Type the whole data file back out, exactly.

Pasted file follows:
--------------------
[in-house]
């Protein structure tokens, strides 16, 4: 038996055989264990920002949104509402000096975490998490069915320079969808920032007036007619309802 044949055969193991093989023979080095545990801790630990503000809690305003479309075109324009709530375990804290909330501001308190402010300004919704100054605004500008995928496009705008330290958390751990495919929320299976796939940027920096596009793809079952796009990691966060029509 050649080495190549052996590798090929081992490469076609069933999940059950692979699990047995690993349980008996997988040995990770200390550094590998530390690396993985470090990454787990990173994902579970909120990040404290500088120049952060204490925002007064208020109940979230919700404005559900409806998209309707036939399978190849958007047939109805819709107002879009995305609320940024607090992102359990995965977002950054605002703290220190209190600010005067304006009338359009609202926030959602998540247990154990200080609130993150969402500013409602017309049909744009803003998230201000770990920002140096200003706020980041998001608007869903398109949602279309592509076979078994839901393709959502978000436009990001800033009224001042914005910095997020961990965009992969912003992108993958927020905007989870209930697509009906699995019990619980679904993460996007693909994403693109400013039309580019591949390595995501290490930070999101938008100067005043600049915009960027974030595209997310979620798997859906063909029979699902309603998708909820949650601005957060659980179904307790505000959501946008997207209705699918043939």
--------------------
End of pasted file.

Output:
[in-house]
């Protein structure tokens, strides 16, 4: 038996055989264990920002949104509402000096975490998490069915320079969808920032007036007619309802 044949055969193991093989023979080095545990801790630990503000809690305003479309075109324009709530375990804290909330501001308190402010300004919704100054605004500008995928496009705008330290958390751990495919929320299976796939940027920096596009793809079952796009990691966060029509 050649080495190549052996590798090929081992490469076609069933999940059950692979699990047995690993349980008996997988040995990770200390550094590998530390690396993985470090990454787990990173994902579970909120990040404290500088120049952060204490925002007064208020109940979230919700404005559900409806998209309707036939399978190849958007047939109805819709107002879009995305609320940024607090992102359990995965977002950054605002703290220190209190600010005067304006009338359009609202926030959602998540247990154990200080609130993150969402500013409602017309049909744009803003998230201000770990920002140096200003706020980041998001608007869903398109949602279309592509076979078994839901393709959502978000436009990001800033009224001042914005910095997020961990965009992969912003992108993958927020905007989870209930697509009906699995019990619980679904993460996007693909994403693109400013039309580019591949390595995501290490930070999101938008100067005043600049915009960027974030595209997310979620798997859906063909029979699902309603998708909820949650601005957060659980179904307790505000959501946008997207209705699918043939």